Section: Research Program
Optimizing cellular network usage
The capacity of cellular networks, even those that are now being planned, does not seem able to cope with the increasing demands of data users. Moreover, new applications with high bandwidth requirements are also foreseen, for example in the intelligent transportation area, and an exponential growth in signaling traffic is expected in order to enable this data growth. Cumulated with the lack of available new spectrum, this leads to an important challenge for mobile operators, who are looking at both licensed and unlicensed technologies for solutions. The usual strategy consists in a dramatic densification of micro-cells coverage, allowing both to minimize the transmission power of cellular networks as well as to increase the network capacity. However, this solution has obvious physical limits, which we work on determining, and we propose exploiting the capillarity of network interfaces as a complementary solution.
Green cellular network. Increasing the density of micro-cells means multiplying the energy consumption issues. Indeed, the energy consumption of actual LTE eNodeBs and relays, whatever their state, idle, transmitting or receiving, is a major and growing part of the access network energy consumption. For a sustainable deployment of such micro-cell infrastructures and for a significative decrease of the overall energy consumption, an operator needs to be able to switch off cells when they are not absolutely needed. The densification of the cells induces the need for an autonomic control of the on/off state of cells. One solution in this sense can be to adapt the WSN mechanisms to the energy models of micro-cells and to the requirements of a cellular network. The main difficulty here is to be able to adapt and assess the proposed solutions in a realistic environment (in terms of radio propagation, deployment of the cells, user mobility and traffic dynamics).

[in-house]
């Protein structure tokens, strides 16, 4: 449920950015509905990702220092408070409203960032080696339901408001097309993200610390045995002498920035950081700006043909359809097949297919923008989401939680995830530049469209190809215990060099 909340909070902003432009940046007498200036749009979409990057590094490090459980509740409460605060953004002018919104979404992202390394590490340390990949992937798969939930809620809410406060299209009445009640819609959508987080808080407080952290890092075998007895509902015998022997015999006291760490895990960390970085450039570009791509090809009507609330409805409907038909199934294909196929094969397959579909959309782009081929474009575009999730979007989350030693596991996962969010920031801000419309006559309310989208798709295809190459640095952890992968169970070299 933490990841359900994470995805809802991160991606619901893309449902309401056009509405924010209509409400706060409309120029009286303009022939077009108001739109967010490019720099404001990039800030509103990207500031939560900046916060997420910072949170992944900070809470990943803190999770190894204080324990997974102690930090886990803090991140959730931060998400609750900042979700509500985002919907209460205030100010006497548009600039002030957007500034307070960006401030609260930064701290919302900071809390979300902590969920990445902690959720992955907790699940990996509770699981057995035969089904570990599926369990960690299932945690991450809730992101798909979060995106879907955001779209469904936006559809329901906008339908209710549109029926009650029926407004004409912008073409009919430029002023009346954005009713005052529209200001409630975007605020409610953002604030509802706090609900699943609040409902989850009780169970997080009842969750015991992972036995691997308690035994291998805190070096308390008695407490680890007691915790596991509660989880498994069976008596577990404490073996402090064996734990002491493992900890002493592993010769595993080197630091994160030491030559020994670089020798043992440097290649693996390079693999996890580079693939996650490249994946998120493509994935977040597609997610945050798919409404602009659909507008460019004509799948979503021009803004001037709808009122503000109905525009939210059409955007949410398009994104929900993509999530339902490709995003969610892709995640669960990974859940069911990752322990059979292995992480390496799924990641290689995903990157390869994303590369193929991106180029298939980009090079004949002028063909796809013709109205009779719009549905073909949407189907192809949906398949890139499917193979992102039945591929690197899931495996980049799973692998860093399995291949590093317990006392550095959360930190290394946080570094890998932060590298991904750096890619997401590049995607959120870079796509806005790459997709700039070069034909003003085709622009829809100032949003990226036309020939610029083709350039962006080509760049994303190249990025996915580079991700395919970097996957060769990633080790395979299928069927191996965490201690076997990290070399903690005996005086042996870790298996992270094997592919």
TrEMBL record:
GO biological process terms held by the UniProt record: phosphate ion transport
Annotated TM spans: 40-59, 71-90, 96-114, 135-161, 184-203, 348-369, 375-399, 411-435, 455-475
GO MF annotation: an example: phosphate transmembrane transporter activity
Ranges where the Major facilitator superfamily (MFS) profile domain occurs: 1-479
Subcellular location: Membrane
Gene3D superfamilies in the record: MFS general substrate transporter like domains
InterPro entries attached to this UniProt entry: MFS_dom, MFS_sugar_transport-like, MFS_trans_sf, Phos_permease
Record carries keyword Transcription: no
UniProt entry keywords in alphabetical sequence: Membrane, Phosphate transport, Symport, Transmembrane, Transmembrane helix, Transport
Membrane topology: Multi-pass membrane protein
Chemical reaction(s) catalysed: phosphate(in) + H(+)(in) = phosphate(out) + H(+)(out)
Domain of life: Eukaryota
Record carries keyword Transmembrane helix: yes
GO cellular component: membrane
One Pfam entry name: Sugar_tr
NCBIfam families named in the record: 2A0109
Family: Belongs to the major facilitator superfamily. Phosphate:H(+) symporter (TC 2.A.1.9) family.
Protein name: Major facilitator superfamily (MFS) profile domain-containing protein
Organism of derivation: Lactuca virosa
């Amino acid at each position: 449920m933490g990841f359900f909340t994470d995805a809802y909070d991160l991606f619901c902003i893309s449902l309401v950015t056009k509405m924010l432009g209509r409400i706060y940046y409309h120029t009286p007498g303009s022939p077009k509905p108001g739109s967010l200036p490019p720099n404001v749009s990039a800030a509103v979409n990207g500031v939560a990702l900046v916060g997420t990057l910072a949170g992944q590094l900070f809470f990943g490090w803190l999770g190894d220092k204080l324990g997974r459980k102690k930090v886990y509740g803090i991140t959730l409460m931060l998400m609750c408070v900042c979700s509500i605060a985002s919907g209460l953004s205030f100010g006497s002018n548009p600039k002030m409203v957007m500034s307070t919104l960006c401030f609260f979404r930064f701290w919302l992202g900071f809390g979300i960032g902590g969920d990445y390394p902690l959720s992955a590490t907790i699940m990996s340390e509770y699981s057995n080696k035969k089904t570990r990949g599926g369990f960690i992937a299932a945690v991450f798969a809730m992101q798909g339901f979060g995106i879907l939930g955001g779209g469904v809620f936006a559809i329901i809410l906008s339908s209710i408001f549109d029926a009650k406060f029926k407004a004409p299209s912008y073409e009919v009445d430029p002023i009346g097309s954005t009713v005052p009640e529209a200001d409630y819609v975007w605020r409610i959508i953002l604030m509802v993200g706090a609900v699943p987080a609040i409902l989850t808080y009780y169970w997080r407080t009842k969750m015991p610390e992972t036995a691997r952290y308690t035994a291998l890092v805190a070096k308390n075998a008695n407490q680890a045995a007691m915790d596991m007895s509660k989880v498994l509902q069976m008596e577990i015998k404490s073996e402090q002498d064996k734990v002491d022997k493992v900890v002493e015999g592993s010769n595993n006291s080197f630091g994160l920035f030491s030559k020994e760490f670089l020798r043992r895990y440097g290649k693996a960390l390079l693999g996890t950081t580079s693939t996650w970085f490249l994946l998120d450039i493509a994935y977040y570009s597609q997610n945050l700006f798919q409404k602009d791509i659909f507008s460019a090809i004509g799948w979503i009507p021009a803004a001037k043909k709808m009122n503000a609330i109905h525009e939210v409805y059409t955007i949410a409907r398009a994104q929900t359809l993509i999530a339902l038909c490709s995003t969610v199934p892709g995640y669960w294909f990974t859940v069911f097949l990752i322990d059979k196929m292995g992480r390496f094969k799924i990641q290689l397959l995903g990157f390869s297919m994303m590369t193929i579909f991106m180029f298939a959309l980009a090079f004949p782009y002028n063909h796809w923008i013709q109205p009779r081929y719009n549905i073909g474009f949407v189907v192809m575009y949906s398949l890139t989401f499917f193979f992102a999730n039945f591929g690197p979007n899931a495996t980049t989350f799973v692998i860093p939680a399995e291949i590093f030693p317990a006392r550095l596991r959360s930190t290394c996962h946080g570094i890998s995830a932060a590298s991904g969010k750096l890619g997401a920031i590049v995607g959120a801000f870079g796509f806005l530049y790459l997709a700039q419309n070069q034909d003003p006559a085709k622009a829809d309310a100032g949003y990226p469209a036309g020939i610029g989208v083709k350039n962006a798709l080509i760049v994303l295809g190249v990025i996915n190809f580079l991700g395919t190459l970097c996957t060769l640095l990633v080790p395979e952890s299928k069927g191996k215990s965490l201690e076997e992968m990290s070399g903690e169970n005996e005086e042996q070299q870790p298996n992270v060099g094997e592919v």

Offloading. Offloading the cellular infrastructure implies taking advantage of the wealth of connectivity provided by capillary networks instead of relying solely on 4G connectivity. Cellular operators usually possess an important ADSL or cable infrastructure for wired services, the development of femtocell solutions thus becomes very popular. However, while femtocells can be an excellent solution in zones with poor coverage, their extensive use in areas with a high density of mobile users leads to serious interference problems that are yet to be solved. Taking advantage of capillarity for offloading cellular data relies on using IEEE 802.11 Wi-Fi (or other similar technologies) access points or direct device-to-device communications. The ubiquity of Wi-Fi access in urban areas makes this solution particularly interesting, and many studies have focused on its potential. However, these studies fail to take into account the usually low quality of Wi-Fi connections in public areas, and they consider that a certain data rate can be sustained by the Wi-Fi network regardless of the number of contending nodes. In reality, most public Wi-Fi networks are optimized for connectivity, but not for capacity, and more research in this area is needed to correctly assess the potential of this technology. Direct opportunistic communication between mobile users can also be used to offload an important amount of data. This solution raises a number of major problems related to the role of social information and multi-hop communication in the achievable offload capacity. Moreover, in this case the business model is not yet clear, as operators would indeed offload traffic, but also lose revenue as direct ad-hoc communication would be difficult to charge and privacy issues may arise. However, combining hotspot connectivity and multi-hop communications is an appealing answer to broadcasting geo-localized informations efficiently.